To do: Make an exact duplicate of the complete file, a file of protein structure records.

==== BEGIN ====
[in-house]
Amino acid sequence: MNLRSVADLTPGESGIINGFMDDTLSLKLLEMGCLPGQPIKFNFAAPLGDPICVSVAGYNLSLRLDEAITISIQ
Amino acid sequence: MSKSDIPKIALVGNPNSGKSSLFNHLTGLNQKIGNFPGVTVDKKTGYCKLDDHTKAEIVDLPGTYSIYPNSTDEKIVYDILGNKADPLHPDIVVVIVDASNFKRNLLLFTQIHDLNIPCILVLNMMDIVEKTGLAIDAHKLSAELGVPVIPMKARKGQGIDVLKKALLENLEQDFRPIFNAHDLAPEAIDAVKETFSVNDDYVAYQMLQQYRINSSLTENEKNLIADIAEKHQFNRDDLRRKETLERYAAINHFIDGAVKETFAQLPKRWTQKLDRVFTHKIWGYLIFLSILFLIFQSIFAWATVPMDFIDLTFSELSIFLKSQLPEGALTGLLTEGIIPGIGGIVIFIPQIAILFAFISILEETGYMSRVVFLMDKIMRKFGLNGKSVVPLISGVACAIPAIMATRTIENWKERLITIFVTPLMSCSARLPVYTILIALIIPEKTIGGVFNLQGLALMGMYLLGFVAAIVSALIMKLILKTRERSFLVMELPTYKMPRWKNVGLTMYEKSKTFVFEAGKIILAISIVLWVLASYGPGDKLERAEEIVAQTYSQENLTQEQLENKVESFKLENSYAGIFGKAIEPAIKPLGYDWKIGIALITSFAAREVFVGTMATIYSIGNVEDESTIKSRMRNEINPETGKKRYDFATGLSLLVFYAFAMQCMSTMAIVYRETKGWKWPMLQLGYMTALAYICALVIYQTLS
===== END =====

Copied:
[in-house]
Amino acid sequence: MNLRSVADLTPGESGIINGFMDDTLSLKLLEMGCLPGQPIKFNFAAPLGDPICVSVAGYNLSLRLDEAITISIQ
Amino acid sequence: MSKSDIPKIALVGNPNSGKSSLFNHLTGLNQKIGNFPGVTVDKKTGYCKLDDHTKAEIVDLPGTYSIYPNSTDEKIVYDILGNKADPLHPDIVVVIVDASNFKRNLLLFTQIHDLNIPCILVLNMMDIVEKTGLAIDAHKLSAELGVPVIPMKARKGQGIDVLKKALLENLEQDFRPIFNAHDLAPEAIDAVKETFSVNDDYVAYQMLQQYRINSSLTENEKNLIADIAEKHQFNRDDLRRKETLERYAAINHFIDGAVKETFAQLPKRWTQKLDRVFTHKIWGYLIFLSILFLIFQSIFAWATVPMDFIDLTFSELSIFLKSQLPEGALTGLLTEGIIPGIGGIVIFIPQIAILFAFISILEETGYMSRVVFLMDKIMRKFGLNGKSVVPLISGVACAIPAIMATRTIENWKERLITIFVTPLMSCSARLPVYTILIALIIPEKTIGGVFNLQGLALMGMYLLGFVAAIVSALIMKLILKTRERSFLVMELPTYKMPRWKNVGLTMYEKSKTFVFEAGKIILAISIVLWVLASYGPGDKLERAEEIVAQTYSQENLTQEQLENKVESFKLENSYAGIFGKAIEPAIKPLGYDWKIGIALITSFAAREVFVGTMATIYSIGNVEDESTIKSRMRNEINPETGKKRYDFATGLSLLVFYAFAMQCMSTMAIVYRETKGWKWPMLQLGYMTALAYICALVIYQTLS